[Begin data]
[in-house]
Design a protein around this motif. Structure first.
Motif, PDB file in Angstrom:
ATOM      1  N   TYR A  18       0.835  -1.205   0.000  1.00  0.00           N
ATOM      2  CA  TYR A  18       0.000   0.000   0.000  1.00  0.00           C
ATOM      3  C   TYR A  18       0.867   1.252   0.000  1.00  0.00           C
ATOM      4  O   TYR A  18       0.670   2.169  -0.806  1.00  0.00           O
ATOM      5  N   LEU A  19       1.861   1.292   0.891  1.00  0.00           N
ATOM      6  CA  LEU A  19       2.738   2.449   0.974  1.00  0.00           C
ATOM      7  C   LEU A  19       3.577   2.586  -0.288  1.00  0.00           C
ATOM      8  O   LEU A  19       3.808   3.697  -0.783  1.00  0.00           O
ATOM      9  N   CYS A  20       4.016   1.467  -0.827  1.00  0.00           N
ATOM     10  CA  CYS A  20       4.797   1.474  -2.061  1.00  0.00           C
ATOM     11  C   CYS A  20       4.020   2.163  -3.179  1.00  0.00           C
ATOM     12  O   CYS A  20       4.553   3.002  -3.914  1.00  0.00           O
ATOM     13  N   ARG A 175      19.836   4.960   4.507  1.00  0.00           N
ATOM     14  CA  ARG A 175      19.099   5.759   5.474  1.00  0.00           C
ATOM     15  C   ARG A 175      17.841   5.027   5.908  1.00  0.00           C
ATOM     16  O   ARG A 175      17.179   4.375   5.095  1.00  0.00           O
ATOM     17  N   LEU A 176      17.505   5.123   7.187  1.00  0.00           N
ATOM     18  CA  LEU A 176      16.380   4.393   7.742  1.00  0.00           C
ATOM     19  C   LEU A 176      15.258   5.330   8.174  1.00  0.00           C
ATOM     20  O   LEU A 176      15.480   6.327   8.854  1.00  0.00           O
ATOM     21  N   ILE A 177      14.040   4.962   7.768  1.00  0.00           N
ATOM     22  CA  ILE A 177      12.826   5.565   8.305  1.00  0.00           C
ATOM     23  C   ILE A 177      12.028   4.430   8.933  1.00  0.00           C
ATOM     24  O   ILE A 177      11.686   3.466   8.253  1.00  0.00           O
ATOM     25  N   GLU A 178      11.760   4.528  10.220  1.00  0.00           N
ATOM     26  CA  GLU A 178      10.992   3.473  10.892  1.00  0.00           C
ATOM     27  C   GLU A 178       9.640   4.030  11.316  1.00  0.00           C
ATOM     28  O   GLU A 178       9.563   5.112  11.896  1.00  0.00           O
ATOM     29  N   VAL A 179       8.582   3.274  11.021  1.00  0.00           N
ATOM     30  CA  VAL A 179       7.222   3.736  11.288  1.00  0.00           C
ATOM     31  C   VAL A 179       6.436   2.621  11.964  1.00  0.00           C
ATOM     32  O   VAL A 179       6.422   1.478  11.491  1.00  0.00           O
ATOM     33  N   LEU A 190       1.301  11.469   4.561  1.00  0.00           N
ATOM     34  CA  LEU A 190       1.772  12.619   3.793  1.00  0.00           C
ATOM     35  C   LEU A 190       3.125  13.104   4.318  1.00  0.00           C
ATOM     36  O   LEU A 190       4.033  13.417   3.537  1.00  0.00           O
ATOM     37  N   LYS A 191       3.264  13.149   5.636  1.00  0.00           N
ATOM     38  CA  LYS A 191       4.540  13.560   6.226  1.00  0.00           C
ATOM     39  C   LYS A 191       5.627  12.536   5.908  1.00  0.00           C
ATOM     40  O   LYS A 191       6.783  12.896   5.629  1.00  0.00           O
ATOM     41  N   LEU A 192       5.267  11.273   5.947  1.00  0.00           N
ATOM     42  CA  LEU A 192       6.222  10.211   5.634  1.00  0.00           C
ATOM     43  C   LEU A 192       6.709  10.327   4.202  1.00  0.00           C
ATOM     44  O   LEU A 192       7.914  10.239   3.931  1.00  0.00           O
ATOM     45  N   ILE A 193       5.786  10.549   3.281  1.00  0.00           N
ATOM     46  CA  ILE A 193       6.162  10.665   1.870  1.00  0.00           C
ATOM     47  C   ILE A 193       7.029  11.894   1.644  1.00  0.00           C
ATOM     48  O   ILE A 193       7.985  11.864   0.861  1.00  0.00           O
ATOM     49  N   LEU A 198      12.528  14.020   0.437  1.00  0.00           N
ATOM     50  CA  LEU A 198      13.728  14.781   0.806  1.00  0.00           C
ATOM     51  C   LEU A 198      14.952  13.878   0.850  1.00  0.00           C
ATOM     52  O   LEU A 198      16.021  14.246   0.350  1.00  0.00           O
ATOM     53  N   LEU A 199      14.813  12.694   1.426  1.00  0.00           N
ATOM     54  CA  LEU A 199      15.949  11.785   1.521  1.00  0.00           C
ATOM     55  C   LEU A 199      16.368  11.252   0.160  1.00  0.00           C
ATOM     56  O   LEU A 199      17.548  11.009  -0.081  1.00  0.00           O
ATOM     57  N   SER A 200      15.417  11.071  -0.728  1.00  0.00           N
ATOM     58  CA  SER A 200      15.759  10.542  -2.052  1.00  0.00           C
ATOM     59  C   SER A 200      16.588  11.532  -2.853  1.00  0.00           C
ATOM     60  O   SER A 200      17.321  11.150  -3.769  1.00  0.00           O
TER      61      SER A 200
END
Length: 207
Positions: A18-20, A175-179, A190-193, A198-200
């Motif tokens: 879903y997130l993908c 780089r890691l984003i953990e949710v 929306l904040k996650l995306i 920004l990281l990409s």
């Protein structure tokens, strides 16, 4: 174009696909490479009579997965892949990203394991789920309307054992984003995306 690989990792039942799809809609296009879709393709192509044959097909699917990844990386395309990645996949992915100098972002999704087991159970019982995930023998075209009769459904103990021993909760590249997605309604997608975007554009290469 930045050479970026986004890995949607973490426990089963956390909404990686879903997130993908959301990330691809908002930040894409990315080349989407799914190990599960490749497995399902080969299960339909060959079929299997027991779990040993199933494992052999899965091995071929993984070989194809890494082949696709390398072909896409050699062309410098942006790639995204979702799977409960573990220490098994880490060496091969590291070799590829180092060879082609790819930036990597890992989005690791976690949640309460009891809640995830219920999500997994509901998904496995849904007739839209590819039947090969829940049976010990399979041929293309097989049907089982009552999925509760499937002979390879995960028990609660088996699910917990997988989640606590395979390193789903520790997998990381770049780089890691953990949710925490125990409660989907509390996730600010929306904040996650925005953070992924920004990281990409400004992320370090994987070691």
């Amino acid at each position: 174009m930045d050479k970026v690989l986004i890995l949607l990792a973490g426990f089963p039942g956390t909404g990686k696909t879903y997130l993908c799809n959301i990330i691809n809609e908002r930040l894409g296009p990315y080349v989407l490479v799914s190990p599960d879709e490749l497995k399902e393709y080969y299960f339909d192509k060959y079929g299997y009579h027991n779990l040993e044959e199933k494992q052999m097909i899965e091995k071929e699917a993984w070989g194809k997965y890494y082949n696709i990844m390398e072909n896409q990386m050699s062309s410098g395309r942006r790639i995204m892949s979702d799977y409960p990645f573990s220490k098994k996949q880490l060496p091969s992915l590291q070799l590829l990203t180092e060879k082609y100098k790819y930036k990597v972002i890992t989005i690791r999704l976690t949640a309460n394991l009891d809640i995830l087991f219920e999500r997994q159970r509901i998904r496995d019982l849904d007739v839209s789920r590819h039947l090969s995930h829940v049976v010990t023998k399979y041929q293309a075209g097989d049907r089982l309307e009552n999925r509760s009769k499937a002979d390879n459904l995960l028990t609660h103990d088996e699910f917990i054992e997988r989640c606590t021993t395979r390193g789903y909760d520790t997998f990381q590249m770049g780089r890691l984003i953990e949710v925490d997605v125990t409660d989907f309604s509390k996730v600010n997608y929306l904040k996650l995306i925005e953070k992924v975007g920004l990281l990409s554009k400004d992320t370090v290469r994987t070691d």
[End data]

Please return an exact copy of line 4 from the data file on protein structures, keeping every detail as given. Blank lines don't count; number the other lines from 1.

ATOM      1  N   TYR A  18       0.835  -1.205   0.000  1.00  0.00           N